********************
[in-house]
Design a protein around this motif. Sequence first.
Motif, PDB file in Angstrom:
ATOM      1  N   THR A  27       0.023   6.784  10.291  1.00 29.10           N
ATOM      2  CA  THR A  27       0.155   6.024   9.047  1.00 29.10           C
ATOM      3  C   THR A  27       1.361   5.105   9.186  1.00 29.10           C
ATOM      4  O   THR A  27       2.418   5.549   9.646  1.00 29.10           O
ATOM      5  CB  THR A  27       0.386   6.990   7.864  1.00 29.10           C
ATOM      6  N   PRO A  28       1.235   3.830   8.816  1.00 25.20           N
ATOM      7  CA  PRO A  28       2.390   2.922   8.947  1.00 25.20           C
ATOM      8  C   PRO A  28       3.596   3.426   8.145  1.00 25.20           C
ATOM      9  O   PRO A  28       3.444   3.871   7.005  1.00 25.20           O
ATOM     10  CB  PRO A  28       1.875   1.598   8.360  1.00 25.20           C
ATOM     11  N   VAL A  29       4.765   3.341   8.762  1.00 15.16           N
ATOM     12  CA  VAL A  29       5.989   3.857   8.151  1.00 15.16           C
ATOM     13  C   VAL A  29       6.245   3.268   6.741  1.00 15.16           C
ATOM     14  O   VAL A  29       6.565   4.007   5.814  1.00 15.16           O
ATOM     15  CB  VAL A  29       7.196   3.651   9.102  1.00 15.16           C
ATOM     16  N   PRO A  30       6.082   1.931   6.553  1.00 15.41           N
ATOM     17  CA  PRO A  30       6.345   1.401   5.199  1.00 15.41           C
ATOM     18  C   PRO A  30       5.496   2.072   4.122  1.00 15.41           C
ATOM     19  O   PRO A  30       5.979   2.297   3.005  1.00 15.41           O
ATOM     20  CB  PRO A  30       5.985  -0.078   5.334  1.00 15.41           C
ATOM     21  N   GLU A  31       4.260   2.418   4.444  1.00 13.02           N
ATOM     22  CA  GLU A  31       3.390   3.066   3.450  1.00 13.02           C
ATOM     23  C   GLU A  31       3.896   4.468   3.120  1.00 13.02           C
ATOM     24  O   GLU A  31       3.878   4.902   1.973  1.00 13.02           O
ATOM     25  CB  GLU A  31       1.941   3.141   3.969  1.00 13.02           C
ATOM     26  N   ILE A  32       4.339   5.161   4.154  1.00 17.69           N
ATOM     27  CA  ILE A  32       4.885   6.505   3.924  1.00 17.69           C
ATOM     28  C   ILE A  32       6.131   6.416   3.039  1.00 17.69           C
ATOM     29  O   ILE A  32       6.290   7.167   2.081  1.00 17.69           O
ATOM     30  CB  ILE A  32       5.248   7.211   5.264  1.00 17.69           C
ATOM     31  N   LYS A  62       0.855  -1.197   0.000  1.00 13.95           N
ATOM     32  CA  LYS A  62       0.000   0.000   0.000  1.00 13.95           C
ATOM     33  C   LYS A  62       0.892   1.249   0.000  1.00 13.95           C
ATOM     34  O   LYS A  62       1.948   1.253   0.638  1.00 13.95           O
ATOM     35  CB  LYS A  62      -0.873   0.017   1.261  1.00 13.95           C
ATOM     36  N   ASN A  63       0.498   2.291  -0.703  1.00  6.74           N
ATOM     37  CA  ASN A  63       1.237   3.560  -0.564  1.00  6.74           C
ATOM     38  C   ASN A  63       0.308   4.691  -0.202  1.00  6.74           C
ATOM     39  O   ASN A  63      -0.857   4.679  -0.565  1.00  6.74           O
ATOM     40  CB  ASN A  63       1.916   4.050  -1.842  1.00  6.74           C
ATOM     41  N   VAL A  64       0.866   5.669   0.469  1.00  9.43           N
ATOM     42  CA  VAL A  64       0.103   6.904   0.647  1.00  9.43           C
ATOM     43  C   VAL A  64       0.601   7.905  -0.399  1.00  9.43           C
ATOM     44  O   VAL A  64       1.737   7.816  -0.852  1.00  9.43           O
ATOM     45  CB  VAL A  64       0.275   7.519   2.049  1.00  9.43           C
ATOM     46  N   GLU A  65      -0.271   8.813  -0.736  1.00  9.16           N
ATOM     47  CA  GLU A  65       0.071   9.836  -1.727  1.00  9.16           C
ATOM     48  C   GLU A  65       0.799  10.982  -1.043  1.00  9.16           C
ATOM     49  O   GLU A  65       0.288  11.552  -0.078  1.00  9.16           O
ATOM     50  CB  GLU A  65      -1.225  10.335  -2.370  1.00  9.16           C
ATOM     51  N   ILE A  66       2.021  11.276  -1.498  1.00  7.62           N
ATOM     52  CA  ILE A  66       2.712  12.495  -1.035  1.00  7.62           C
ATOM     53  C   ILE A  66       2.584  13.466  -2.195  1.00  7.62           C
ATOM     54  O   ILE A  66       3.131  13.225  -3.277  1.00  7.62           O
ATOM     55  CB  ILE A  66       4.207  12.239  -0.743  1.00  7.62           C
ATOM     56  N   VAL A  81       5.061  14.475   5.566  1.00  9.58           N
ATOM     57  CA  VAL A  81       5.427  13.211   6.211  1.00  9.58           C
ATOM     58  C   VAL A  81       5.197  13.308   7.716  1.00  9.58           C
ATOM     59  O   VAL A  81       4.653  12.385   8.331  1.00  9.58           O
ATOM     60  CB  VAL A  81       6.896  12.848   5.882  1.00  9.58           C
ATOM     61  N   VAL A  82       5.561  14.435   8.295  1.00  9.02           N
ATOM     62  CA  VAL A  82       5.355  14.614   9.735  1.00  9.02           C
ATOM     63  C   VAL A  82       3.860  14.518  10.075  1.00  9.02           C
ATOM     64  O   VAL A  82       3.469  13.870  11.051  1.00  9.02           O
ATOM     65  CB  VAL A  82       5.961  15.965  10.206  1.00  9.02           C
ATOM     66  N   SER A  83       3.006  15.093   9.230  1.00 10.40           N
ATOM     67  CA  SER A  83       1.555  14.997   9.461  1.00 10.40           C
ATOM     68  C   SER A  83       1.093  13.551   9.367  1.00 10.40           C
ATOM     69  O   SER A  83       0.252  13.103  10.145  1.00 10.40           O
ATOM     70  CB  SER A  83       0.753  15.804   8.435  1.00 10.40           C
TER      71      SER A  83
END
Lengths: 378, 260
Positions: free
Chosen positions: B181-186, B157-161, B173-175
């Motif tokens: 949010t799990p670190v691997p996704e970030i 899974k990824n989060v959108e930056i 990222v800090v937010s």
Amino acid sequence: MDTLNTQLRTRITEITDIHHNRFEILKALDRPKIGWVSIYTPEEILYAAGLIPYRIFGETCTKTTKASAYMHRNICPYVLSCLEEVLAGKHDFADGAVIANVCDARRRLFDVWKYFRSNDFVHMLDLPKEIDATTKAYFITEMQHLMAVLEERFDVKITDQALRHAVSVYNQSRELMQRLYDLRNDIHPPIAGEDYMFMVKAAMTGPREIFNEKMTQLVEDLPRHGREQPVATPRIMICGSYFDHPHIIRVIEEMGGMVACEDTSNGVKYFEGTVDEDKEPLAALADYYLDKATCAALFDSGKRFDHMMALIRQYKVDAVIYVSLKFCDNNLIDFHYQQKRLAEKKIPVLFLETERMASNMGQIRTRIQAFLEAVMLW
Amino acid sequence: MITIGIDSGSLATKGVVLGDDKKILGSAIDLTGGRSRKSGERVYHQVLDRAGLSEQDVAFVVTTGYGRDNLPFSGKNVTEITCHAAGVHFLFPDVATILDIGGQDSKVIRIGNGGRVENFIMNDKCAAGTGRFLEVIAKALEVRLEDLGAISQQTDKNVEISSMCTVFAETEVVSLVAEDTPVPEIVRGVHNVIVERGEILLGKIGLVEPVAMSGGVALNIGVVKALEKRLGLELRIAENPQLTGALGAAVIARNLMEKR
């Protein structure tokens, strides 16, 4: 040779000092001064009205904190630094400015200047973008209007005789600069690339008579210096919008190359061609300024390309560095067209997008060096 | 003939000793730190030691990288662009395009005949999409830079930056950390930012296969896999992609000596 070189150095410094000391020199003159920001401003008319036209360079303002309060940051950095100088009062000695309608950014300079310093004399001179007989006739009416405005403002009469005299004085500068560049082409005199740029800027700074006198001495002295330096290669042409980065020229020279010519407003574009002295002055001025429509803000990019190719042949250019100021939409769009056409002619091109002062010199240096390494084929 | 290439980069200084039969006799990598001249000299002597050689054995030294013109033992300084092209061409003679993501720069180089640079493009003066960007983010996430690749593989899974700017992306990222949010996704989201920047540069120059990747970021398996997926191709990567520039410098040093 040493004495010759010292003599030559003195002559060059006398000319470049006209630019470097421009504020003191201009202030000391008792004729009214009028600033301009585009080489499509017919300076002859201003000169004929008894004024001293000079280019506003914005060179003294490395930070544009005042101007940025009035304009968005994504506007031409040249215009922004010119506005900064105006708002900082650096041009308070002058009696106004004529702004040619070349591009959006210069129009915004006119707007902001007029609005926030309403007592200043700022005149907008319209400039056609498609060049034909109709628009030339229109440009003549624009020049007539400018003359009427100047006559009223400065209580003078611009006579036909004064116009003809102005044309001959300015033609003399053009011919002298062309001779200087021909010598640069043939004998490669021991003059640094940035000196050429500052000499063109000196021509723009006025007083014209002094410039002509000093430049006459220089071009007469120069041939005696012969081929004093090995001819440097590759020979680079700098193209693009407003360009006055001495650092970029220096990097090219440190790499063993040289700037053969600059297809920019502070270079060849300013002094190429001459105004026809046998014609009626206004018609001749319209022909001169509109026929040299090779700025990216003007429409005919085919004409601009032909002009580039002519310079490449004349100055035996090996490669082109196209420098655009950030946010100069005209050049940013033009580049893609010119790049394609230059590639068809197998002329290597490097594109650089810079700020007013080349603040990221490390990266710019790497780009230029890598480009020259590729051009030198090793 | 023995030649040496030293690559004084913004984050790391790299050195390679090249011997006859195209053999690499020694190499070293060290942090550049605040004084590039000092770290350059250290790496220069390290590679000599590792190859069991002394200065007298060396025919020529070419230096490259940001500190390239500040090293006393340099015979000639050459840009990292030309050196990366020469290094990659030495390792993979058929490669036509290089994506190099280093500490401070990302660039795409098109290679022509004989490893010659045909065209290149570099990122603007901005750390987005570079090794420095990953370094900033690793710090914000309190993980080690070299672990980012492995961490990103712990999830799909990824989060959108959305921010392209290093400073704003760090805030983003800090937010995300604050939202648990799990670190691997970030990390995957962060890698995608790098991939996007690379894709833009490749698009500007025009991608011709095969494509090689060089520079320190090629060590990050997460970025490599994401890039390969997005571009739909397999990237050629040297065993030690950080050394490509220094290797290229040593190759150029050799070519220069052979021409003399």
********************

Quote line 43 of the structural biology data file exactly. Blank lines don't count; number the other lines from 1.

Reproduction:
ATOM     40  CB  ASN A  63       1.916   4.050  -1.842  1.00  6.74           C